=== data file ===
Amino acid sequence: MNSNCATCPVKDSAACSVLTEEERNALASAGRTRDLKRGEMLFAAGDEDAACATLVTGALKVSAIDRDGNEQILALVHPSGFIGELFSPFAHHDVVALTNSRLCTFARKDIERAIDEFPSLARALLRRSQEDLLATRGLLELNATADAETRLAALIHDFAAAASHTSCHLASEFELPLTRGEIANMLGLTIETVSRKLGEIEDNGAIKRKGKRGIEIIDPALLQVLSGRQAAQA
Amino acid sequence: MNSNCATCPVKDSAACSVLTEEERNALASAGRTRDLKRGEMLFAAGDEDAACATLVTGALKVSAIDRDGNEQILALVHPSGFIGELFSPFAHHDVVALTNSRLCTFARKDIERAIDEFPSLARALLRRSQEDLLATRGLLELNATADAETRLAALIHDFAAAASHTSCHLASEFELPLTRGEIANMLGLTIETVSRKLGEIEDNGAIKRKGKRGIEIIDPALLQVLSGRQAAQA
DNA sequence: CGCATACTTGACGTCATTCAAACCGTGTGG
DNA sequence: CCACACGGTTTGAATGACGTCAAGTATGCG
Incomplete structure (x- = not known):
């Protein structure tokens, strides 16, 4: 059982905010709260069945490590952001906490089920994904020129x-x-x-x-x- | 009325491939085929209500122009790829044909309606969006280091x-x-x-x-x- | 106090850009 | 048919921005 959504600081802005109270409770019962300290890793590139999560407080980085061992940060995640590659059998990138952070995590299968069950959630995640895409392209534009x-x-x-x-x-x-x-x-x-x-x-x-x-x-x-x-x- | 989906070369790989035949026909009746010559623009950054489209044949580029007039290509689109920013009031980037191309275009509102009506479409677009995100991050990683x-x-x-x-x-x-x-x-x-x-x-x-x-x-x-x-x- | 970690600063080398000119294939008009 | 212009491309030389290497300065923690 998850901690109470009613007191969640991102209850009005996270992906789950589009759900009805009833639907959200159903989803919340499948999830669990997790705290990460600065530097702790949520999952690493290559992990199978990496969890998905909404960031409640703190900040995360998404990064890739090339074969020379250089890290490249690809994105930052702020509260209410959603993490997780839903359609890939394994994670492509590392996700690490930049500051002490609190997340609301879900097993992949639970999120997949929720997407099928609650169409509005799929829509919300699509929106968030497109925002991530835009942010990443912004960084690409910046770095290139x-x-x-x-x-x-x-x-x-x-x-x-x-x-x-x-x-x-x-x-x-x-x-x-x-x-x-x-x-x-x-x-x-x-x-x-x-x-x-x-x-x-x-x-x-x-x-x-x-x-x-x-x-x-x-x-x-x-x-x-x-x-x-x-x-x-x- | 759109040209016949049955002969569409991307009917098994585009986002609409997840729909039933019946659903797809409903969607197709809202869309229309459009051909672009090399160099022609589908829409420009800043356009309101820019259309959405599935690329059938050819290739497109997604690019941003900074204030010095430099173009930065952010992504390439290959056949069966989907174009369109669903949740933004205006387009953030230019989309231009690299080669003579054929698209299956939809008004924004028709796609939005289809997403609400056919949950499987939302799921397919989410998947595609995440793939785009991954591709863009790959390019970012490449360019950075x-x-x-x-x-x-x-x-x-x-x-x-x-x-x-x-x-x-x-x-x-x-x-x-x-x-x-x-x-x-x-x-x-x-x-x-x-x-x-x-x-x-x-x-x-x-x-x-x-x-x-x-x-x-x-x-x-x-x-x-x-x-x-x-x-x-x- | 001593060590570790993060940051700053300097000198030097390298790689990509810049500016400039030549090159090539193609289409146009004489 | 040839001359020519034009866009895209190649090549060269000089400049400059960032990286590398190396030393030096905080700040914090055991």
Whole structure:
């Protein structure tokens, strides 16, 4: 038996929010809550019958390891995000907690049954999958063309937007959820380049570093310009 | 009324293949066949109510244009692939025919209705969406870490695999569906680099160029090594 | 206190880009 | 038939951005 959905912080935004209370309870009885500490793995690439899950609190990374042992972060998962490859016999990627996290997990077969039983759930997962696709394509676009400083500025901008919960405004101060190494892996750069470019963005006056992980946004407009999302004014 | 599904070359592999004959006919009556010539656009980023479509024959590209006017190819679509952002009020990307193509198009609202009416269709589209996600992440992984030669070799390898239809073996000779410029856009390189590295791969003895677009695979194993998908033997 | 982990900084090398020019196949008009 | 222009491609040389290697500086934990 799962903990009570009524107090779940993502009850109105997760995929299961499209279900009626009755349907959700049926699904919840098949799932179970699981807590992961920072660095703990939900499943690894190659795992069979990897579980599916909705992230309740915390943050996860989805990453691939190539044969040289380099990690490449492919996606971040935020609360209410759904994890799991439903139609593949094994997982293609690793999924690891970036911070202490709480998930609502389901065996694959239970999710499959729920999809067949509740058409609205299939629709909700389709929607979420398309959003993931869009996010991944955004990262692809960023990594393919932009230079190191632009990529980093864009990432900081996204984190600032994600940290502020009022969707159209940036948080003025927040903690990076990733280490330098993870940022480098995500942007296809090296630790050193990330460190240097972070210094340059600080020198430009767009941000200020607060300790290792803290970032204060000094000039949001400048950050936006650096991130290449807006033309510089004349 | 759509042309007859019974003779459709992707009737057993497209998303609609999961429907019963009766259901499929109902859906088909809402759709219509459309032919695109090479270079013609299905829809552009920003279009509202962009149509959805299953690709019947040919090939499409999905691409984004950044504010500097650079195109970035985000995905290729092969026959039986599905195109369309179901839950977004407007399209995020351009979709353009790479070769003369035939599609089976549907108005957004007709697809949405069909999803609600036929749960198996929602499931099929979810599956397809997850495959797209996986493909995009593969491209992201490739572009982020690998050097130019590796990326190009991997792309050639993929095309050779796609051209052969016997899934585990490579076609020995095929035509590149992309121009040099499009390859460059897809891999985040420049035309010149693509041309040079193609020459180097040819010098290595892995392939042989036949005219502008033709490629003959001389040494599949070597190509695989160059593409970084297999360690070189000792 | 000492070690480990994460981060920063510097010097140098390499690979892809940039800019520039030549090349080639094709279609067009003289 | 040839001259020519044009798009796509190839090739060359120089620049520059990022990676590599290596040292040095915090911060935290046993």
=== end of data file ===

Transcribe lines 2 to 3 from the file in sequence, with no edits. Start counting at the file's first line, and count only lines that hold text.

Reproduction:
Amino acid sequence: MNSNCATCPVKDSAACSVLTEEERNALASAGRTRDLKRGEMLFAAGDEDAACATLVTGALKVSAIDRDGNEQILALVHPSGFIGELFSPFAHHDVVALTNSRLCTFARKDIERAIDEFPSLARALLRRSQEDLLATRGLLELNATADAETRLAALIHDFAAAASHTSCHLASEFELPLTRGEIANMLGLTIETVSRKLGEIEDNGAIKRKGKRGIEIIDPALLQVLSGRQAAQA
DNA sequence: CGCATACTTGACGTCATTCAAACCGTGTGG